What is your worst fear?
I’m not asking about what you’re afraid of. I’m afraid of plenty. Just yesterday some close friends of mine were having a ball with the fact that I’m terrified of spiders and really bugs in general. I’m not a fan.
I’m asking what is your worst plausible fear.
For many of us it would be the unexpected loss of a family member, the loss of health, the loss of relationships, the pain of a child. School shootings. Natural disasters. Cancer. These things bring fear to our hearts and minds.
Now, what if a combination of all of these horrible fears came to fruition in a day?
It would probably lead you to say something like this:
What I feared has come upon me; what I dreaded has happened to me. I have no peace, no quietness; I have no rest, but only turmoil. – Job 3:25-26
The third chapter of Job is when Job begins to let it all out before God. In the first two chapters, he has shown exemplary faith (Receiving Bad From God) while having his world rocked by unjust, abject suffering. Now he is ready to tell God how he feels about the situation.
If you’re like me, you probably read the first two chapters with an air of annoyance. You start to feel like Job is a superhero, a super Christian, only ever praising God. The third chapter humanizes him no doubt. He is still not walking in consistent, unrepentant sin, but he lets his emotions come pouring out. I strive to teach my students regularly that God is more than capable of listening to and bearing your emotions. To hide from Him how you really feel about any given situation is not only unnecessary, but impossible due to His omniscience. Job worships, but he also wrestles.
We too can both worship and wrestle with God at the same time.
In Job’s wrestling, we see that there are some aspects of his heart that still need to be worked on, still need to be molded by the grace of God. As I’ve written about earlier in this study (A Man Named Job), Job had a karma-like view of God to some extent. He consistently sacrificed offerings to the Lord (that weren’t mandated by God) in order to protect his children from harm. It’s a noble idea, but it’s one that has a quid pro quo view of God just under the surface. If Job gave offerings to God, then surely God would keep his children safe.
Now, Job is facing the reality that all of his good deeds and good intentions did nothing to prevent him from suffering. His worst fears were being realized, and his gut reaction is to curse the very day of his birth. Reading through the book of Job is like reading the innermost thoughts of those in our churches and in our communities that are facing incredibly difficult circumstances. Job, a follower of God, curses the day of his birth, repeatedly saying he wishes he had never been born, for that would be better to him than the suffering he was going through.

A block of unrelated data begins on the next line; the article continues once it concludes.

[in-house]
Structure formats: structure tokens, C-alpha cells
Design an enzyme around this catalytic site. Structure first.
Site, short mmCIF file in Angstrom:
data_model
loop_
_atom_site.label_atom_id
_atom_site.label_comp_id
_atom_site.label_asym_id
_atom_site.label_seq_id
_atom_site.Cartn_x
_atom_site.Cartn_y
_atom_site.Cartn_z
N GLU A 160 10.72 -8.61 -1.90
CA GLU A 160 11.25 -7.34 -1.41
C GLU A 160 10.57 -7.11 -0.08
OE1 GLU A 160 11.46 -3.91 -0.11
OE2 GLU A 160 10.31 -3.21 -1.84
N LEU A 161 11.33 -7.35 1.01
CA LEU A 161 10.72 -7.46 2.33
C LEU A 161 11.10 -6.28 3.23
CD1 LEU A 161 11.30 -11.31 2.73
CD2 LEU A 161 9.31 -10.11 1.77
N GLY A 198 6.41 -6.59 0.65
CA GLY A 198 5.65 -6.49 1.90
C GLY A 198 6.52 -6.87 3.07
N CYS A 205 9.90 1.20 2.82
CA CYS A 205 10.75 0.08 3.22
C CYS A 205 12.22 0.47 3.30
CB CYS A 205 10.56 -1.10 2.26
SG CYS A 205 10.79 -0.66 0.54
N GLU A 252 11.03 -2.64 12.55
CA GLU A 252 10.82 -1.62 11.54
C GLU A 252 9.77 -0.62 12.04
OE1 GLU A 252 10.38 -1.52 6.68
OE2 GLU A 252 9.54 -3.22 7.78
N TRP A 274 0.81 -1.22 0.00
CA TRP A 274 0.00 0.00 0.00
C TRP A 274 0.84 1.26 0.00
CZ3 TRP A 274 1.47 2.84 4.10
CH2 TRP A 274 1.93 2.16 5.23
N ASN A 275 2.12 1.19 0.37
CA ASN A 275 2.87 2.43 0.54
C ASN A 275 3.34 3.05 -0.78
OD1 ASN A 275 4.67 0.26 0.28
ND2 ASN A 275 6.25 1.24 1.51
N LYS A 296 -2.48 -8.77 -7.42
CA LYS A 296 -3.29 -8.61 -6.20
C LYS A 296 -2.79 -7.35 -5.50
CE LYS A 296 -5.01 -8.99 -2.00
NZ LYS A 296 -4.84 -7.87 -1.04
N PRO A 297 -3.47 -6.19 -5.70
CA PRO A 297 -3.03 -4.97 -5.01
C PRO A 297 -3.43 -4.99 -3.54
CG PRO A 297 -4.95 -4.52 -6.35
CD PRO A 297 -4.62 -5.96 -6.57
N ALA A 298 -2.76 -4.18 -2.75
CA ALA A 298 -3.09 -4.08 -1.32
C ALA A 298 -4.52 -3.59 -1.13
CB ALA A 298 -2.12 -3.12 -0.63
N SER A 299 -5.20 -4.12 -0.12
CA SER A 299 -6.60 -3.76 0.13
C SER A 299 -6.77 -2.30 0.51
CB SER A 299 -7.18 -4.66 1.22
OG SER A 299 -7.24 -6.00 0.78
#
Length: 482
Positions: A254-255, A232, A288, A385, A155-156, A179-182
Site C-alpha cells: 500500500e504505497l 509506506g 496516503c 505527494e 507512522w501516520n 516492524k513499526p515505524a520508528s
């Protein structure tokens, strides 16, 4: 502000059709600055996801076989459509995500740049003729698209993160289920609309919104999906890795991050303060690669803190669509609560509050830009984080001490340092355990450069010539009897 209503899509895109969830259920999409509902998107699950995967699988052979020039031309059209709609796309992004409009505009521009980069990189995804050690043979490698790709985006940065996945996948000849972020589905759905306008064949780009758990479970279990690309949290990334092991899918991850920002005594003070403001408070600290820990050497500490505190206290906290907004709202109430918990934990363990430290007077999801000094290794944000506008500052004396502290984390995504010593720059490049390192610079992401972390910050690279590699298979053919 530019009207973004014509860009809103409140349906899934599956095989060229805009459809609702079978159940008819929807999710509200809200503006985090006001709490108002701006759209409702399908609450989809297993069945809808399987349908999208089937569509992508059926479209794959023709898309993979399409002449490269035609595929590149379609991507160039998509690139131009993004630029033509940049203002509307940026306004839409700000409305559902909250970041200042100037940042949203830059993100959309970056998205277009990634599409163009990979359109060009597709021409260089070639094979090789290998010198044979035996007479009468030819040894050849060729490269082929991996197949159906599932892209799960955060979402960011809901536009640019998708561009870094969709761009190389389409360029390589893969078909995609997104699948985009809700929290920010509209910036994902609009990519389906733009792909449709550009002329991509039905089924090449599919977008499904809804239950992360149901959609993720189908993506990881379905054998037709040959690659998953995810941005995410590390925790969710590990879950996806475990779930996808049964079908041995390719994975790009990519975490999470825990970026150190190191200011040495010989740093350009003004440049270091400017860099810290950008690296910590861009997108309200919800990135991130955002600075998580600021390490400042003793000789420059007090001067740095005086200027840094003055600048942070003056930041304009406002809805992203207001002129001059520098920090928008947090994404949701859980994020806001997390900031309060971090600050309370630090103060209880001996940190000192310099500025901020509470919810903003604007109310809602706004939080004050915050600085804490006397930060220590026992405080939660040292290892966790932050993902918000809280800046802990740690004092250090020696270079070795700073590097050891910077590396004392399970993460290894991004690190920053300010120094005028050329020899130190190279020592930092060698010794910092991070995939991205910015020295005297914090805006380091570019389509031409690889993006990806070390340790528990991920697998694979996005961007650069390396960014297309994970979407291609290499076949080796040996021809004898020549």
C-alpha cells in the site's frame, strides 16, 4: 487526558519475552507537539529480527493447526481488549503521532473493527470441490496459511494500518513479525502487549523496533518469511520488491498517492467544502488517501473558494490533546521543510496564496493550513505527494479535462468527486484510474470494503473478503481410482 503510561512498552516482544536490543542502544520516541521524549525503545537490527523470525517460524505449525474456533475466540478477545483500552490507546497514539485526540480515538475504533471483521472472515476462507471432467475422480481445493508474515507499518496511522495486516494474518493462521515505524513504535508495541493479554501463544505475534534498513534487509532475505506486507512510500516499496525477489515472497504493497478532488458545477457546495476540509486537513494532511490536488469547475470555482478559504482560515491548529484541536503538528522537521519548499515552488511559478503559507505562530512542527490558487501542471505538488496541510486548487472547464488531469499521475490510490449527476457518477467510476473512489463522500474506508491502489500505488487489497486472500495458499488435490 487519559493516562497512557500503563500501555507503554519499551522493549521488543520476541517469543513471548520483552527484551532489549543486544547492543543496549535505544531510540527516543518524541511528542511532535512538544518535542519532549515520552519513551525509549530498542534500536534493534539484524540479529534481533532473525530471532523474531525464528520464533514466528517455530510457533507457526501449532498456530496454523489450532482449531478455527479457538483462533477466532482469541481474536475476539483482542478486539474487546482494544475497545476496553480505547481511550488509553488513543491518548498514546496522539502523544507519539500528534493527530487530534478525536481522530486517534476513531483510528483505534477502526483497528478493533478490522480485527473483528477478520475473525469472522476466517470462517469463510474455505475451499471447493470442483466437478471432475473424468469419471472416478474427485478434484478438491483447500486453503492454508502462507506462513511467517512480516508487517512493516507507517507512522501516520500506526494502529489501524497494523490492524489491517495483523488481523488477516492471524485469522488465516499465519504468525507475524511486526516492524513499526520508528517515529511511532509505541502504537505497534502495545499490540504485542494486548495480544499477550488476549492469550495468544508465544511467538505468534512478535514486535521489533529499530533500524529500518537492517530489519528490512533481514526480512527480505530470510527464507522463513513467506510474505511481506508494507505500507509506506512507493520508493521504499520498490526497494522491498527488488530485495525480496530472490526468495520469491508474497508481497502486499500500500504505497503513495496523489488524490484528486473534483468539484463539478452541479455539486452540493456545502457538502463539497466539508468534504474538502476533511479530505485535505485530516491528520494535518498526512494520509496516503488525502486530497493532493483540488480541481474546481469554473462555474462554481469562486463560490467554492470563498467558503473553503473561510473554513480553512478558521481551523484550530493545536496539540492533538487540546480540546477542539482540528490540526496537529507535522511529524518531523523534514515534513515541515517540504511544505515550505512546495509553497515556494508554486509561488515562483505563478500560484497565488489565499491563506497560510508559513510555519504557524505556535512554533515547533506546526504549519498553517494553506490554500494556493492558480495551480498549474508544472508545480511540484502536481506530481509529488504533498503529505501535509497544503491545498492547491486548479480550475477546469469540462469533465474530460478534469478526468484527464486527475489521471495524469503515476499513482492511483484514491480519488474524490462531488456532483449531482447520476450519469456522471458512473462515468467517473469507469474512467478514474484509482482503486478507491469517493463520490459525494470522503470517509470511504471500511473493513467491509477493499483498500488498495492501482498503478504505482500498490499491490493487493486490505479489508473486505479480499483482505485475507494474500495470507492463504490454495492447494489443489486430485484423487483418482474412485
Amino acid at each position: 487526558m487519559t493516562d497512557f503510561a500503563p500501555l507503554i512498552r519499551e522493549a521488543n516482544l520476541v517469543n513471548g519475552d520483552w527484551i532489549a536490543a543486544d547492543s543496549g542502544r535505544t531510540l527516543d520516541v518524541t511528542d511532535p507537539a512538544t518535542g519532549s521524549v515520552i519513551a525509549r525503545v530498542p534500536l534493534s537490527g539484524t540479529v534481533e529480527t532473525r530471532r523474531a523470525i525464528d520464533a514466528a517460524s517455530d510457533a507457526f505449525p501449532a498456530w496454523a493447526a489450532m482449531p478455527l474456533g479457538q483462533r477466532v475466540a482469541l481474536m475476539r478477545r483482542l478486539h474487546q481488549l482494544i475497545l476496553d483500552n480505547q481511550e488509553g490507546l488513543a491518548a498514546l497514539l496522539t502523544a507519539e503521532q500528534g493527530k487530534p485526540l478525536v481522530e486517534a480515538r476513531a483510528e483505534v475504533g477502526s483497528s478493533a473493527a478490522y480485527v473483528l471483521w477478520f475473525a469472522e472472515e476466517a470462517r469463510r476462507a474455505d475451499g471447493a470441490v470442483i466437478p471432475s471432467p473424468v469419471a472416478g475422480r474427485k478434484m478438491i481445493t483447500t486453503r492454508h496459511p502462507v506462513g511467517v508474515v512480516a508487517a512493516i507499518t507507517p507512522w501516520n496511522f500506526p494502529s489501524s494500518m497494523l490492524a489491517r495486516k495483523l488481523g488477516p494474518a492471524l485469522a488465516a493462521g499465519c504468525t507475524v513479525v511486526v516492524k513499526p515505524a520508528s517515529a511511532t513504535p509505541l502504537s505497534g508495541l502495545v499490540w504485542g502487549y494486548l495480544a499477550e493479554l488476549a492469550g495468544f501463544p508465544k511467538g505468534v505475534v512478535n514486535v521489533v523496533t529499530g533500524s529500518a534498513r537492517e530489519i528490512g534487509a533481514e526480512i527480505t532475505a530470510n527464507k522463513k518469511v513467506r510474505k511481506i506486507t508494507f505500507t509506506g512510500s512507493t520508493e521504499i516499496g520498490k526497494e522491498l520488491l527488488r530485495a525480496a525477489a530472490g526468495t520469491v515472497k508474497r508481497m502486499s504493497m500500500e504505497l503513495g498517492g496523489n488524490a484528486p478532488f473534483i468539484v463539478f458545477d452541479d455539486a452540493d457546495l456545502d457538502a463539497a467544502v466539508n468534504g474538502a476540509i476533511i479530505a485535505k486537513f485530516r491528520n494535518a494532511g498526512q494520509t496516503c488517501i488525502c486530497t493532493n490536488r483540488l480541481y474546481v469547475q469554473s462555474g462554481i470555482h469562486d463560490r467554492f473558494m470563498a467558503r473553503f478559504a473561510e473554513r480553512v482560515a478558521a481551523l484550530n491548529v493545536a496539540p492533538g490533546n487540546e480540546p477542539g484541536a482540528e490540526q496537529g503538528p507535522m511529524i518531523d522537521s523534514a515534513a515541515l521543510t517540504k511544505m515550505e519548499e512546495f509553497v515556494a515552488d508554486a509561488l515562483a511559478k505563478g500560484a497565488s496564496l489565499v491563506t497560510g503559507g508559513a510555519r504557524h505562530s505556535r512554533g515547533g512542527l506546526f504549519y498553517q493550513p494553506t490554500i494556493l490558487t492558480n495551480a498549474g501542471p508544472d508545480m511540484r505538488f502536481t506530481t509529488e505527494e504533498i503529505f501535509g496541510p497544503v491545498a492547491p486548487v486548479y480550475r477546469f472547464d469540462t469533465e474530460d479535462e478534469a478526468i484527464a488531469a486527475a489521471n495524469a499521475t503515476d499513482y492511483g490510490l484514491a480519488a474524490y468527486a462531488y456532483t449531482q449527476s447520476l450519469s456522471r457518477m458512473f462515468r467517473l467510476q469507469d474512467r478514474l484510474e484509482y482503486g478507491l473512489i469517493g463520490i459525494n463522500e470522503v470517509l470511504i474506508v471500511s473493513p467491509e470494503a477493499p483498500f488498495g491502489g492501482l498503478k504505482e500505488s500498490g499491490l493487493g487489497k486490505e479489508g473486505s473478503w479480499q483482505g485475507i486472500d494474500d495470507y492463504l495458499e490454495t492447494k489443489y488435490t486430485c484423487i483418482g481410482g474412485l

That’s a level of pain I’ve honestly never experienced. But I know that it’s a level of pain that some are experiencing right now. As I read Job, the question that keeps coming to my head is whether or not our churches are a place where people can say the type of things that Job says with the knowledge that they will be listened to and loved.
Think about it.
If someone said something like that in Sunday School, the majority of us would cringe at best, offer our theological proclamations of God’s goodness at worst (again, I’m talking at the very beginning of suffering Christian, Be Quiet).
Our churches need to be places where there is space to mourn, to grieve, to suffer in community.
There’s something else interesting I want to point out about this chapter. Let’s look at verses 13-14, and 19.
For now I would be lying down in peace; I would be asleep and at rest with kings and rulers of the earth, who built for themselves places now lying in ruins, . . . The small and great are there, and the slaves are freed from their owners. – Job 3:13-14, 19
Job proclaims that if he were to die, he would be at peace. He would be at peace with both the small and the great. He mentions also that those who built kingdoms for themselves here on earth would have nothing to show for it, as their kingdoms now lie in ruins.
While you can’t make grandiose doctrinal assumptions from passages like this, we know for a fact that this is true. The small and great die. Job’s view of death is not inherently Christian at this point, since his view of death is just rest, not communion with God. That being said, all people face this. Everyone faces either an eternity of communion with God or an eternity of separation from God.
So those kingdoms we’re building for ourselves don’t matter. They don’t go with us. Job said it in chapter one, “Naked I came from my mother’s womb, and naked I will depart.“
We can’t really judge for certain what Job’s motivations were throughout his life, but he had a kingdom. He had power, prestige, money, a solid family. He had everything that most people want. Yet it was all stripped away from him in a day.
The reality is, we will all be like Job at some point.
Death strips us from all of our kingdoms of sand.
In death, all we lived for other than the Lord comes down, gets left behind.
Job 3 is an opportunity to look into the mind of a man who has lost everything. And it’s just the start.
My prayer is that our churches become places where raw emotions can be shared without judgment or disdain. My prayer is that our churches become places where people are reminded that there is only one Kingdom that lasts and it has nothing to do with us.
In His Name,